Marathi: Translated by Shanta Gokhale

The Man Who Tried To Remember, Makarand Sathe

When Achyut Athavale was shifted yesterday to a new cell he didn’t like it one bit. The previous cell had been exactly as one would expect a cell to be. It was like everybody’s answer to the question “How should a cell be?” It was the kind of predictable space in which Achyut could think the thoughts he wanted to. He could spin a fine yarn of coherent thought even without ignoring the realities of the situation outside. That was how the previous cell had been. First, it was like a cell foretold. So there was no danger of unexpected things happening there. Viewed from another angle, the building in which it was housed was quite different from other buildings. So it was not capable of arousing memories by itself. And yet, taking a third view, it was not very different from other buildings either. That is to say it was not very different from any imagined or existing space. That is why an individual living in it did not need to make too great an effort to recall the memories he wished to.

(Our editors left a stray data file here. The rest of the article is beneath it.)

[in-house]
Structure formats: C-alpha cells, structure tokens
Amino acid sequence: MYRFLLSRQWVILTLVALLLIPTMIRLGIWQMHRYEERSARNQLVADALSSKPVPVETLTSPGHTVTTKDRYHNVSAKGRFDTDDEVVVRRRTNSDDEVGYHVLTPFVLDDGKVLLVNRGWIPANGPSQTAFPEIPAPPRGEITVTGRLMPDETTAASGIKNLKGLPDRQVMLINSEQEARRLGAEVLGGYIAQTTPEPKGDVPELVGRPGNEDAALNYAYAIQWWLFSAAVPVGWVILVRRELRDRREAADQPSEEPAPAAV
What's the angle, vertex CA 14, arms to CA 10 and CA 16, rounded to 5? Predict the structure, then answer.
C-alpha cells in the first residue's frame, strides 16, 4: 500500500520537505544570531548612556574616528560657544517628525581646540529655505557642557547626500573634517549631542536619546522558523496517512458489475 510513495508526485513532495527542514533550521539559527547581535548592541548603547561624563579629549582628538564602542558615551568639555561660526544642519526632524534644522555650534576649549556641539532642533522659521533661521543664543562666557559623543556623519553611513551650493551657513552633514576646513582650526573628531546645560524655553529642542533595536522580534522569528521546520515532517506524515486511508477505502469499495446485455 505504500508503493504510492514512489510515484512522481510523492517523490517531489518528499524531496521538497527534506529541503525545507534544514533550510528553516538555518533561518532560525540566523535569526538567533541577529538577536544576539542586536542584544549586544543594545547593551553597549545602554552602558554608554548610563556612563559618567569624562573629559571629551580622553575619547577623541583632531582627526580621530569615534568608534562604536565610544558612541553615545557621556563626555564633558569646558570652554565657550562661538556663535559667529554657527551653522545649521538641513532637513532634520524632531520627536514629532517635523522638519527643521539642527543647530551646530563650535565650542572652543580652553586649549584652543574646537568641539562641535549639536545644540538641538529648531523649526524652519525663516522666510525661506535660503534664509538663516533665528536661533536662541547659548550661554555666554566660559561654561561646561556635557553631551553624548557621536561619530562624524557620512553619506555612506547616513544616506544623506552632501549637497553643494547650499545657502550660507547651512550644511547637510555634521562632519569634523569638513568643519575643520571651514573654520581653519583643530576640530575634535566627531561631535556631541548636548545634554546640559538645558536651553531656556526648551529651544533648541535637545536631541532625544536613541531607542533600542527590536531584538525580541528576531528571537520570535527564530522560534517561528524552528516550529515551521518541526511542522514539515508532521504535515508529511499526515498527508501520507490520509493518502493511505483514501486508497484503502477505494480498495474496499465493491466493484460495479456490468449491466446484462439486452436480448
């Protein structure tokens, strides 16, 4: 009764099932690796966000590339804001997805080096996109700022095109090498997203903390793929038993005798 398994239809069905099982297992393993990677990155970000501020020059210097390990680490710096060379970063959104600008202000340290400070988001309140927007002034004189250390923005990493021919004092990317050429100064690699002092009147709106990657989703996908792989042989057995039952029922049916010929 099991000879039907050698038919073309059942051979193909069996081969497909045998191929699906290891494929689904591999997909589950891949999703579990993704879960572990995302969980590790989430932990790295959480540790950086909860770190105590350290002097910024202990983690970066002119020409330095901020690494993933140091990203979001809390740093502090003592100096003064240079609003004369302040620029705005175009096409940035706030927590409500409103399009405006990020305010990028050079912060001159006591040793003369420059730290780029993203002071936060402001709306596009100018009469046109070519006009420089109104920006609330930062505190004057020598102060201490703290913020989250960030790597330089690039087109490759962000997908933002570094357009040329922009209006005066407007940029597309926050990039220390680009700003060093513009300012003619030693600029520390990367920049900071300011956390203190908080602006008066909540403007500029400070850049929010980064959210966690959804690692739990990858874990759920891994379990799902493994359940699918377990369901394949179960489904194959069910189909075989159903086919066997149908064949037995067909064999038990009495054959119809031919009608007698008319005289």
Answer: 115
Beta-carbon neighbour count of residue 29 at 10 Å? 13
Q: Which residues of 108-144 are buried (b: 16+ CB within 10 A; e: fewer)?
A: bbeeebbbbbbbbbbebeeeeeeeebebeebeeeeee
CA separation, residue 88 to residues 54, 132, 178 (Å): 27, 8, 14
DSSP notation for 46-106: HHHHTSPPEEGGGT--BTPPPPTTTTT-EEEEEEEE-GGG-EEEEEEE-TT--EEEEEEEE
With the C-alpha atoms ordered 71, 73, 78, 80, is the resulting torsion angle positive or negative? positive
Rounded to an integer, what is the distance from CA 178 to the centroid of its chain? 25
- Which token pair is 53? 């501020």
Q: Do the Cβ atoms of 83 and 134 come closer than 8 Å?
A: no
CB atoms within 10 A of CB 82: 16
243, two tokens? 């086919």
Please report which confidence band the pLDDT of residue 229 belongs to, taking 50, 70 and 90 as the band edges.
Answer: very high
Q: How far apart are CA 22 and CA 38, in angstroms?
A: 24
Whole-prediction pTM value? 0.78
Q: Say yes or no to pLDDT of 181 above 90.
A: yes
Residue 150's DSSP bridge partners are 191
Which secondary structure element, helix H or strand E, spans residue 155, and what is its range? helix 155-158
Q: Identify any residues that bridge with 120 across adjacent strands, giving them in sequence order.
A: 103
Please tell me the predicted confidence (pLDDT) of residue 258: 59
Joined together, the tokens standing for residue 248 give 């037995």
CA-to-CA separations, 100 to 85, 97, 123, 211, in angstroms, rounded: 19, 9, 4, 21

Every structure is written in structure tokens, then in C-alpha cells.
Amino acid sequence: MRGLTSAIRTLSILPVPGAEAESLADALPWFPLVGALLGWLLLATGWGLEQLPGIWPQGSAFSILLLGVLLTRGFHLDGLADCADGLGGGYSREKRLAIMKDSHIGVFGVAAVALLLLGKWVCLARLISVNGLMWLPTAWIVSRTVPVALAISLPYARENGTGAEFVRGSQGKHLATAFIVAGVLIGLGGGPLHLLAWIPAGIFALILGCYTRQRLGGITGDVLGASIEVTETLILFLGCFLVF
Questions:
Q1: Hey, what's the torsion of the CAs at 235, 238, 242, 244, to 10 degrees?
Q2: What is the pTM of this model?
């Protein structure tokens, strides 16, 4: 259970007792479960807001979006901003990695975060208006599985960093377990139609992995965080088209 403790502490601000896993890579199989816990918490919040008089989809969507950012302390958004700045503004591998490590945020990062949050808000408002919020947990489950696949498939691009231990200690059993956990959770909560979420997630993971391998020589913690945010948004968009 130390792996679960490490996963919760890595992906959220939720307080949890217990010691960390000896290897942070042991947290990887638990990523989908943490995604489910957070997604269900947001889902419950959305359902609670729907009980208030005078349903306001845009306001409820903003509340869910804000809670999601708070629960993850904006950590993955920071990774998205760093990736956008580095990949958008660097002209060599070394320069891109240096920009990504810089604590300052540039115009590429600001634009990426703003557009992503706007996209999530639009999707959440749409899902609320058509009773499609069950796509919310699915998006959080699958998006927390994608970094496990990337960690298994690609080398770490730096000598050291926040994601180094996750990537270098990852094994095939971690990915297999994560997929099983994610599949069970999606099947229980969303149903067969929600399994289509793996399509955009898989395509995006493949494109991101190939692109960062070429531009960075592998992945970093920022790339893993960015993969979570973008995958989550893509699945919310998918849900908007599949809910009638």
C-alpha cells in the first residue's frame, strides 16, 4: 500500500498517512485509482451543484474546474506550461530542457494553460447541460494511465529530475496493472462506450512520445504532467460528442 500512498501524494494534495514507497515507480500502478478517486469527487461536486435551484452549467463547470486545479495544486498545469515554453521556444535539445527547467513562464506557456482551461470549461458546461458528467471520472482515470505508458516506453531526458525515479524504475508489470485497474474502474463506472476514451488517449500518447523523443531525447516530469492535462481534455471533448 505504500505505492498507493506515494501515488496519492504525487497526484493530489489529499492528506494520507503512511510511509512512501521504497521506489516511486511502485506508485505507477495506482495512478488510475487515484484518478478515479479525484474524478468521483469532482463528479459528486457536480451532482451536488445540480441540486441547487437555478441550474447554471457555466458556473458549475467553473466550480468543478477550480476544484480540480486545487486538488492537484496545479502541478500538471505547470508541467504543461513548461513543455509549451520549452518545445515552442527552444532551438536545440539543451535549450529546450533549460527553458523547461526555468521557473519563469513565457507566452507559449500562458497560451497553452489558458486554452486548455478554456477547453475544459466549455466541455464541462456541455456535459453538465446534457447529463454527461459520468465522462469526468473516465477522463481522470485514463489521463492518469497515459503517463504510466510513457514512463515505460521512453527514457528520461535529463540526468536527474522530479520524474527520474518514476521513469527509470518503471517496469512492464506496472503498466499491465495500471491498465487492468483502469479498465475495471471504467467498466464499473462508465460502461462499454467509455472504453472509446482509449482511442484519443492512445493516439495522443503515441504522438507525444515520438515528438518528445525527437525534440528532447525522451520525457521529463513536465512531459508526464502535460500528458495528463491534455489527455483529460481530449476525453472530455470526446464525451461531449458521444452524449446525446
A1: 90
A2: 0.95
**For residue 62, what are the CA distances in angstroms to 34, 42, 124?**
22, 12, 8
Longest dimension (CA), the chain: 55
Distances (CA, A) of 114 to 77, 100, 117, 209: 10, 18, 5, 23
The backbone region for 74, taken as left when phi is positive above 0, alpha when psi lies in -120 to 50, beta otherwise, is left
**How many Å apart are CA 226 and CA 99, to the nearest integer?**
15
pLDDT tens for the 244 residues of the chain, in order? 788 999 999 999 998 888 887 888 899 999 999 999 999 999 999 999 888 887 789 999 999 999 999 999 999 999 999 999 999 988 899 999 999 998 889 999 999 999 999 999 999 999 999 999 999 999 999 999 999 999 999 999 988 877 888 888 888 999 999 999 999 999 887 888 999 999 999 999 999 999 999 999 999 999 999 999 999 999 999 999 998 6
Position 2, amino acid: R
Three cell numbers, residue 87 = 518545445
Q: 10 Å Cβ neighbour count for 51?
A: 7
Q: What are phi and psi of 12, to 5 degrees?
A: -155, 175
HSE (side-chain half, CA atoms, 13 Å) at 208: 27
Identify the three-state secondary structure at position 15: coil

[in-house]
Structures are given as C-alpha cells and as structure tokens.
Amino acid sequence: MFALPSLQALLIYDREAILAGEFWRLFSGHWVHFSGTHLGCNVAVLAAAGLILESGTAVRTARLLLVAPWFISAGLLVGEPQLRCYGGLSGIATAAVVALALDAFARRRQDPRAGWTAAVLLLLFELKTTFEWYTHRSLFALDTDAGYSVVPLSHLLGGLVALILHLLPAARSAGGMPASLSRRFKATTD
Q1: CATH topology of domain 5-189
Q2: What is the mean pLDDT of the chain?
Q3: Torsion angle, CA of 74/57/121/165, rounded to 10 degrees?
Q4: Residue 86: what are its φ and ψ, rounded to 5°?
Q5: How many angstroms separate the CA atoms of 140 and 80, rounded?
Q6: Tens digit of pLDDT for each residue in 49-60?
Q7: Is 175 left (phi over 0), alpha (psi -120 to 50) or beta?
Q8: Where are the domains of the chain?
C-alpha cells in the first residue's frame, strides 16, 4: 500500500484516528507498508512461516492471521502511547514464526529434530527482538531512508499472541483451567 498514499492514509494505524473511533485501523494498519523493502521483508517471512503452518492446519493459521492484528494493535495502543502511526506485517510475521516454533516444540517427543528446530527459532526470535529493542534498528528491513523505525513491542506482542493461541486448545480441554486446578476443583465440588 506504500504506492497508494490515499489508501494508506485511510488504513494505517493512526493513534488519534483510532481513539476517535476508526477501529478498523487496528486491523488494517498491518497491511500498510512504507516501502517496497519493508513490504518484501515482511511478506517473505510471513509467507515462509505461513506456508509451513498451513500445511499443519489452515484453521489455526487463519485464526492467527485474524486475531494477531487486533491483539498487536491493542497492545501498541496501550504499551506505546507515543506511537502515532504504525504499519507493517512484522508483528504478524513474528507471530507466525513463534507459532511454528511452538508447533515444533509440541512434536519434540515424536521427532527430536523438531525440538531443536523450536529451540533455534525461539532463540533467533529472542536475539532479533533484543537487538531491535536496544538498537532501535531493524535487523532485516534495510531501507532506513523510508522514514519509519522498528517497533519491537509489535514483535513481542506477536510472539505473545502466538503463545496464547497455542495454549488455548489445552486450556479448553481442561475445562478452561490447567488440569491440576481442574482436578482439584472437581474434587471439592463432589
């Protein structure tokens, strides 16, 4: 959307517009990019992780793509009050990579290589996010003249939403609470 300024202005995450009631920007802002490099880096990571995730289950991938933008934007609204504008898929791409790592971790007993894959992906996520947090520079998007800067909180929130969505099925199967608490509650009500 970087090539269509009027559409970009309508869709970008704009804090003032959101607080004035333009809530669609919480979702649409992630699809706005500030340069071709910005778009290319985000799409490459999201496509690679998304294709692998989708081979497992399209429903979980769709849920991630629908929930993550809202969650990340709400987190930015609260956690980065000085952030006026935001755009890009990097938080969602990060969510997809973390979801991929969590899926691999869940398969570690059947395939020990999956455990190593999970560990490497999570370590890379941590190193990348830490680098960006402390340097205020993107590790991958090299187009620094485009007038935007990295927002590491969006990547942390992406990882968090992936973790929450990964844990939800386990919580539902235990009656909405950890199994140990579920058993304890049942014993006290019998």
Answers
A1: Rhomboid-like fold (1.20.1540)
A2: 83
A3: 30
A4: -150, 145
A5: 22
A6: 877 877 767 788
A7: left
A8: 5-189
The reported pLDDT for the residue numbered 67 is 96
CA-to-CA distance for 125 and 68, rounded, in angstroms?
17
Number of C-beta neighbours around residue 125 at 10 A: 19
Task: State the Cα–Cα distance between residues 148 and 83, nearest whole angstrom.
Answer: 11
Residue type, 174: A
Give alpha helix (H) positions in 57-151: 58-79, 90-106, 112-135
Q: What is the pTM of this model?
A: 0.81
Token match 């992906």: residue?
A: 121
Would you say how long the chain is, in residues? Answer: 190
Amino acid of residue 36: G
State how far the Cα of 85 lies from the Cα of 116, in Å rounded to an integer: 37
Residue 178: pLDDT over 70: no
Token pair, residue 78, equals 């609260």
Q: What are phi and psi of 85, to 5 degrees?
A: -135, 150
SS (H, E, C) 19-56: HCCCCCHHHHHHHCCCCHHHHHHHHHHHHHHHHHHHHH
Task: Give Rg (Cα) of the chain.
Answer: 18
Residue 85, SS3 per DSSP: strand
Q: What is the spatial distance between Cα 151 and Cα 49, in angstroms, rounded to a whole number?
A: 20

Punjabi: Translated by Navdeep Suri

A Life Incomplete, Nanak Singh

May 1922. It is around midnight and pitch dark. Not a leaf stirs. And the occasional puff of breeze that has lost its way and entered the confines of the prison, too, is scalding, like the heart of a jilted lover.

The forbidding walls of Borstal Jail hold thousands of prisoners within their grim perimeter. Many of them languish in hundreds of tiny funeral cells. Burglars, dacoits, fraudsters and murderers are the denizens of this township, locked up in its cages, reaping the punishment for their crimes. Of late, however, a new kind of inhabitant has come to occupy this parish. Innocent of any wrongdoing, the fresh arrivals have cheerfully stepped into the ogre’s den as reward for their unflinching commitment to their country and to their religion. Numbering in their thousands, they are the activists of the Guru ka Bagh campaign.